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Ont. students discuss unique school year

Ont. students discuss unique school year

Teens are navigating online learning and a lack of in-person interactions with friends

By Diego Flammini
Staff Writer

Ontario students are some of the most affected by the pandemic.

On top of the general lockdown restrictions, some students are trying to figure out how to learn in a new environment.

“The school year started out very new with a lot of different protocols and trying to figure out how the day-to-day in-class learning would work” Maryn Hunter, a Grade 10 student from Smiths Falls, Ont., told

Hunter, who lives on her family’s dairy farm, is now attending school remotely from home.

“It’s a whole new routine to figure out the different platforms teachers are using, scheduling your time and even having the motivation to do the work,” she said.

Not only is she learning from home, but so are her three younger brothers.

The commotion around the house as four people try to attend class, plus simply being at home, creates several distractions.

“Finding the motivation to be engaged is challenging when I know I could be doing something else,” she said. “It helps having people in my classes that work together, but it’s still tough sometimes.”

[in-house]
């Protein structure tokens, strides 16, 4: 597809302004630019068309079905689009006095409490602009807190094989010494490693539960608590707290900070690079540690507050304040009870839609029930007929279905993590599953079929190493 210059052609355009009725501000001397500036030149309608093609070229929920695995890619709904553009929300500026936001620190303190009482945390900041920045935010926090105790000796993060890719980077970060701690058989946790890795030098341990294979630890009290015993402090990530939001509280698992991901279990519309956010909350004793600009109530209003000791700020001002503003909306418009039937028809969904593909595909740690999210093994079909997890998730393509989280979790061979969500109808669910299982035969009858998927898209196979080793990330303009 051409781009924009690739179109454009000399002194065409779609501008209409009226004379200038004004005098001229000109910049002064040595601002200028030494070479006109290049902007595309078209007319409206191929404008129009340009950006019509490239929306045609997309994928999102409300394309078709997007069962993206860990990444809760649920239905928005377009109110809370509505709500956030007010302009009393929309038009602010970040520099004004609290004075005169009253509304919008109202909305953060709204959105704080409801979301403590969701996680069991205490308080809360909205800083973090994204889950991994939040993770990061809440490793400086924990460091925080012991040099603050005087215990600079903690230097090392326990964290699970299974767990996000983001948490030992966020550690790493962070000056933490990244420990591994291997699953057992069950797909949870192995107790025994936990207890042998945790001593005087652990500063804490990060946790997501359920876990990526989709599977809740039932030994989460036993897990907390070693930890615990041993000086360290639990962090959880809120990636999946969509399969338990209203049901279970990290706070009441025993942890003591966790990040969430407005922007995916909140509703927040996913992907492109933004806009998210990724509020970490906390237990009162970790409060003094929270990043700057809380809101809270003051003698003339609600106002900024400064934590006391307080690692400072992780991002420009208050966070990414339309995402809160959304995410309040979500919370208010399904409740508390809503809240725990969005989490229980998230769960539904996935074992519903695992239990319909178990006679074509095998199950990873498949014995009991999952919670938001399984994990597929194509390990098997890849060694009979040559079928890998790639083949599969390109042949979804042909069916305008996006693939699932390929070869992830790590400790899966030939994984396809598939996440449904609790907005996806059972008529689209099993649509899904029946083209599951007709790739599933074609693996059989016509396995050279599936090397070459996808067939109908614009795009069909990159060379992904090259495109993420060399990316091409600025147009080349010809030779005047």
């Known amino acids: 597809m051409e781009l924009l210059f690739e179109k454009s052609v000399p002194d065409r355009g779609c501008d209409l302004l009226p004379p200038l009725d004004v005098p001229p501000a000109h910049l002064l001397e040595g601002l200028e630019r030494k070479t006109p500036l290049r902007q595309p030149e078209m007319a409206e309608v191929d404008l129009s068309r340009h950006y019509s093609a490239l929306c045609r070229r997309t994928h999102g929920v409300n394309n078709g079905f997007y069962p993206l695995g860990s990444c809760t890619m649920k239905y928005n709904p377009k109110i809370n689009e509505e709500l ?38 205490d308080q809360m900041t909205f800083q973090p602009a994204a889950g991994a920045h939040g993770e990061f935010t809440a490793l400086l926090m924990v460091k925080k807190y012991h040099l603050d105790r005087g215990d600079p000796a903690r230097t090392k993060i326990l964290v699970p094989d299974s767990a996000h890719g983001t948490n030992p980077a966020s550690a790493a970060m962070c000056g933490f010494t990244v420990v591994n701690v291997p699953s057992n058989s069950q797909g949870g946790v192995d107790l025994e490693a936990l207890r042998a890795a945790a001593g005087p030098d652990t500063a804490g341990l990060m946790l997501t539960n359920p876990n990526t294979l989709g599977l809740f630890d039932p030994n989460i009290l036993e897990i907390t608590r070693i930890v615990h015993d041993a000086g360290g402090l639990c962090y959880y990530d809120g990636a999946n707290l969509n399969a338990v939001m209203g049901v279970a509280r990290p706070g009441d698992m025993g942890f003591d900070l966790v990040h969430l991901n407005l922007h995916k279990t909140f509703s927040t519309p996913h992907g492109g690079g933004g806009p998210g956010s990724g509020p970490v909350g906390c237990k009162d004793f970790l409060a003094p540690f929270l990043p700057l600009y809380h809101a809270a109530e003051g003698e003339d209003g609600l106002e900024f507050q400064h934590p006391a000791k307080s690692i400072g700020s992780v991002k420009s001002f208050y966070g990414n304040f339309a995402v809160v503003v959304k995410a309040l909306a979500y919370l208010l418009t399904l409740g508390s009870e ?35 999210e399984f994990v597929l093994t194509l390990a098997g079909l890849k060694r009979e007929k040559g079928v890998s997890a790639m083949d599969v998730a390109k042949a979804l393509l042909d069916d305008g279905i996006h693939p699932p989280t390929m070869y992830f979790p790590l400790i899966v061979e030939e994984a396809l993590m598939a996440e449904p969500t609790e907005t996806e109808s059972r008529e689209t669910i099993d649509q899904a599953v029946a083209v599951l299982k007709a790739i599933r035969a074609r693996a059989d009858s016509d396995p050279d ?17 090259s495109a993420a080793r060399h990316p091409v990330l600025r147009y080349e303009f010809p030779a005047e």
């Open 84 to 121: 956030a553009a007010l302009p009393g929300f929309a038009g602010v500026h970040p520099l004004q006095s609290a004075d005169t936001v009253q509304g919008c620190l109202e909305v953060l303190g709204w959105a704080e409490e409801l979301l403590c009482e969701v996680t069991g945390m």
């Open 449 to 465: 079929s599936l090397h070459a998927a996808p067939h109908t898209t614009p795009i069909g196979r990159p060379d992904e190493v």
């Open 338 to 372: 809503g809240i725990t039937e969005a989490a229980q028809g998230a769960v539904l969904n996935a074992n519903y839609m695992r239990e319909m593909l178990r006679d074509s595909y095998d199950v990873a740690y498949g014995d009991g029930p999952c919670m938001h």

When she feels like her attention may be slipping, Hunter takes time for herself.

A short walk or even a quick glance at her phone helps her recalibrate throughout the day.

“If I feel like I’m not getting anywhere, I feel like the best thing for my brain is to take my mind off of what I’m doing for five minutes,” she said. “Getting outside for fresh air always helps me when I need a break.”

In addition, the pandemic means Hunter is missing out on extracurricular activities.

She’s on the school’s rugby team, involved in 4-H, participates in dance and enjoys hanging out with her friends.

All of that has been taken away, and it has taken a toll on her mental health, she said.

“I was doing rugby four days a week in the nicer months,” she said. “I don’t have the social life I used to have, it’s more isolating and I’m not doing anything anymore. I keep in touch with my friends over text and Snapchat about what’s going on in our home lives but there are friends I haven’t seen in over a year.

“I’m very lucky that I can still work and see my animals, but it’s hard to look on the bright side when all you hear about is the negatives about what’s going on.”

Mason Lunn is receiving his ninth-grade education in Elgin County through a hybrid approach.

Some days he’s in class and some days he’s learning remotely.

“It can be complicated because you’re having to stick to two completely different routines,” he told

Lunn notices differences in his attention depending on how he’s learning on a specific day.

“Sometimes being at home isn’t great for me because I feel like I should go do something,” he said.

Lunn works on his family's cash crop farm to keep himself busy and stays in touch with his friends through texts and social media, he added.

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